LTC Nurse Residency Results in 86% Retention Rate

Jennifer Thew, RN, September 5, 2017

Post-acute care has become an essential component of value-based care. By preparing new nurses through a long-term care residency program, facilities can improve nurse retention, confidence, and competency.

Accountable care organizations, value-based care, and new reimbursement models are changing the healthcare landscape, and with that the role of the post-acute care nurse is evolving as well.

Edna Cadmus
Edna Cadmus

"It's important that [patients] don't go back to the hospital. So these nurses have to have a different skill level than, maybe, what people perceived long-term care as previously," says Edna Cadmus, PhD, RN, NEA-BC, FAAN, clinical professor at Rutgers University School of Nursing.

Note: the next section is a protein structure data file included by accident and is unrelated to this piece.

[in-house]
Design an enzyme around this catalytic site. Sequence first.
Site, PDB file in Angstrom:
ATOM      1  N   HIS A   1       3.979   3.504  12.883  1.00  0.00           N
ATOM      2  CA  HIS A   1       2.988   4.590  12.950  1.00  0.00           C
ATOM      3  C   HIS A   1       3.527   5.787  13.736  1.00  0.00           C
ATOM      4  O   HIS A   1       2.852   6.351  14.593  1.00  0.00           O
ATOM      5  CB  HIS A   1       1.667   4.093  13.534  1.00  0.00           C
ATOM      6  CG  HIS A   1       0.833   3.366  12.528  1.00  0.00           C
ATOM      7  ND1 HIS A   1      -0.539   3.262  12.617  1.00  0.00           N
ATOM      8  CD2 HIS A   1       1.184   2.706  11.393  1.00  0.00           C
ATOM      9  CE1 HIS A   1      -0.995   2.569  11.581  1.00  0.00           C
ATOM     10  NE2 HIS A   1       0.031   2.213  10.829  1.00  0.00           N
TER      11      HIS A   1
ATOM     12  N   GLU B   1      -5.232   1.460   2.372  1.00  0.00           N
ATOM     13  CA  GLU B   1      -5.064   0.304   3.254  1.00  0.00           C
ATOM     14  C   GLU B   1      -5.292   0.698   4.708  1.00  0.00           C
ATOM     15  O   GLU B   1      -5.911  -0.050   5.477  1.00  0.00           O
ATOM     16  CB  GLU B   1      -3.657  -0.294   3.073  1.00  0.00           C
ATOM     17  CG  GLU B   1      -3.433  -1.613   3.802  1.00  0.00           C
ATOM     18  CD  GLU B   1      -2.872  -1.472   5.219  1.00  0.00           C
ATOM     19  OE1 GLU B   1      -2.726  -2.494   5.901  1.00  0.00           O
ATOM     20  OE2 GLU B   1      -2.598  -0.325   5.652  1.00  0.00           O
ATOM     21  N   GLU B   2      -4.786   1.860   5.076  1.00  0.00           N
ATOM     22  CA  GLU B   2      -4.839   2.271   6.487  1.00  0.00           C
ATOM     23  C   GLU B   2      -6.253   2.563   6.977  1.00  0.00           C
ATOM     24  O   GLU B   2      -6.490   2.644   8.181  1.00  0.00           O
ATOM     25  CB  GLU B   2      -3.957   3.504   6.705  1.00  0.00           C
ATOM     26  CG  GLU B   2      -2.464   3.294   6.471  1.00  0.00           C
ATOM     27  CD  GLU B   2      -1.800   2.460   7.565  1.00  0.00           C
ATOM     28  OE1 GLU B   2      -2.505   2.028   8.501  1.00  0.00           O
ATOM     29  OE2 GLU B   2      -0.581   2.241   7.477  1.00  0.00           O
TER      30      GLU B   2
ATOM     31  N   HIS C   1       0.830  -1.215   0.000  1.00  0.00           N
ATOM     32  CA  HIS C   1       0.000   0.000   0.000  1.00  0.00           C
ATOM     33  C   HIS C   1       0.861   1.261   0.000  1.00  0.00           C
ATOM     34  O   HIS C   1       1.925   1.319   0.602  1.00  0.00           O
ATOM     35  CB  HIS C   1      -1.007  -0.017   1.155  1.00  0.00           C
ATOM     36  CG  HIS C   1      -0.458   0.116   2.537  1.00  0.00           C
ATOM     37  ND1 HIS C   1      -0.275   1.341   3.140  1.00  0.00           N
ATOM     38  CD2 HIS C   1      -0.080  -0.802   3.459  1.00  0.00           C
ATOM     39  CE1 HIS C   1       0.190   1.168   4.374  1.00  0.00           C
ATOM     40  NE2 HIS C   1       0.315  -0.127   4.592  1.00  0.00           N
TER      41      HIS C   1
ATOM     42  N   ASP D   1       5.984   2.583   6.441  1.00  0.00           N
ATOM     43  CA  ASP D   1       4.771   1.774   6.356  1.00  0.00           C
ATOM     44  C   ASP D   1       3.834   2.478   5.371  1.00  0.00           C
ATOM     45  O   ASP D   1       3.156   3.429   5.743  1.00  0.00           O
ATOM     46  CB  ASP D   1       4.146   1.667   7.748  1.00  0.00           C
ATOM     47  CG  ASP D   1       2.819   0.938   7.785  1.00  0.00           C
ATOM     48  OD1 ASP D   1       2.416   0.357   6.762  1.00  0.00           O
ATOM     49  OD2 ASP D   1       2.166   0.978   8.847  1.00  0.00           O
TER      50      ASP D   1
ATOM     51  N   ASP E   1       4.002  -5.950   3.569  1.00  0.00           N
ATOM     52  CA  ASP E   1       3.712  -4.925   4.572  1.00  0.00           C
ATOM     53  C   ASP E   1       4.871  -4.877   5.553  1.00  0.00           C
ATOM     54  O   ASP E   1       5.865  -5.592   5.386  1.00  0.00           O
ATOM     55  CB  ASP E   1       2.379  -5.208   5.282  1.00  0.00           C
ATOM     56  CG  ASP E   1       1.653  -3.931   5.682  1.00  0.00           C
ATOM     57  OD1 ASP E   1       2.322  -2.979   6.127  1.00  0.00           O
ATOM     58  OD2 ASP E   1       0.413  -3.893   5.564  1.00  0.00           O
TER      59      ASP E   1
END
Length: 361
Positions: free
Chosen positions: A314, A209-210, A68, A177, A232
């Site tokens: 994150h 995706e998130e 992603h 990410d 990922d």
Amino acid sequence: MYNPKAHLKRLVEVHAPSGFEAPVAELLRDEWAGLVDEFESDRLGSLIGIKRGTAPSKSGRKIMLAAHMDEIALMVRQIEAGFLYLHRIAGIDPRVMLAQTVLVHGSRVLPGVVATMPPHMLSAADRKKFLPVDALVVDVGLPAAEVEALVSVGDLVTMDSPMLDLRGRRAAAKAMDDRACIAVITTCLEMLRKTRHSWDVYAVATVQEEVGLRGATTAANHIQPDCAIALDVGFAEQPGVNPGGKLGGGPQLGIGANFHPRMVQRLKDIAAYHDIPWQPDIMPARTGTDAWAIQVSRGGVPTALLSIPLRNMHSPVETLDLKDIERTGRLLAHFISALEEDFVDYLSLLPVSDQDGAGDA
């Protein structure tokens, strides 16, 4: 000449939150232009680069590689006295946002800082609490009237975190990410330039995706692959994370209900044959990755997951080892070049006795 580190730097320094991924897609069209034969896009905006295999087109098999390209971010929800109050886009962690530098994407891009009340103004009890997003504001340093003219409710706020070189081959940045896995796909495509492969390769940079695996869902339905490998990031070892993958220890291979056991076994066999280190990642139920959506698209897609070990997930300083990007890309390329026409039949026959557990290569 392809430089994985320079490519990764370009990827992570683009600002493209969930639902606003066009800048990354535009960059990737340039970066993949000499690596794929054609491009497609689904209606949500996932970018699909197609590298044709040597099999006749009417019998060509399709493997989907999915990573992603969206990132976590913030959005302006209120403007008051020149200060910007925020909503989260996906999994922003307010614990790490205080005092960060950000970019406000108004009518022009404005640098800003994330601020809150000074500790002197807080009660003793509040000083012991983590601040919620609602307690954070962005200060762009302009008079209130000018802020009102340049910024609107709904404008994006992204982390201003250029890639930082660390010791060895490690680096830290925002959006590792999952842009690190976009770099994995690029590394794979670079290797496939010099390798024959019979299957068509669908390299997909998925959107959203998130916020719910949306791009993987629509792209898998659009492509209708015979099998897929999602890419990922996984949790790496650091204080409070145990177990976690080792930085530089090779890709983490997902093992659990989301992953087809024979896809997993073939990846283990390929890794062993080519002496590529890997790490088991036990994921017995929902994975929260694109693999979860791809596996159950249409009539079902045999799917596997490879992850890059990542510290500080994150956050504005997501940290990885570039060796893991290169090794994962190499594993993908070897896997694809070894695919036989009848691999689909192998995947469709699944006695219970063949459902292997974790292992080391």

There are few structured programs, however, to help newly licensed RNs develop the expertise needed to successfully transition to practice in post-acute care.

To address this issue, the New Jersey Action Coalition, is focused on implementing the Institute of Medicine's (now the National Academy of Medicine) Future of Nursing recommendations. It is one of 51 groups doing this work across the country.

Cadmus is co-lead of the coalition, which falls under the umbrella of Campaign for Action partnership between the Robert Wood Johnson Foundation and the AARP.

"We felt there were acute care nurse residency programs in many hospitals, but for post-acute settings and, specifically, long-term care, there had been no evidence of any residency programs out there," she says.

"And we knew that there was a high turnover rate of nurses in long-term care facilities."

Turnover among RNs in long-term care facilities nationally was 50% and retention was almost 67%.  After the New Jersey LTC residency program, the retention rate of participants was 86%.

Jennifer Thew, RN

Jennifer Thew, RN, is the senior nursing editor at HealthLeaders Media.

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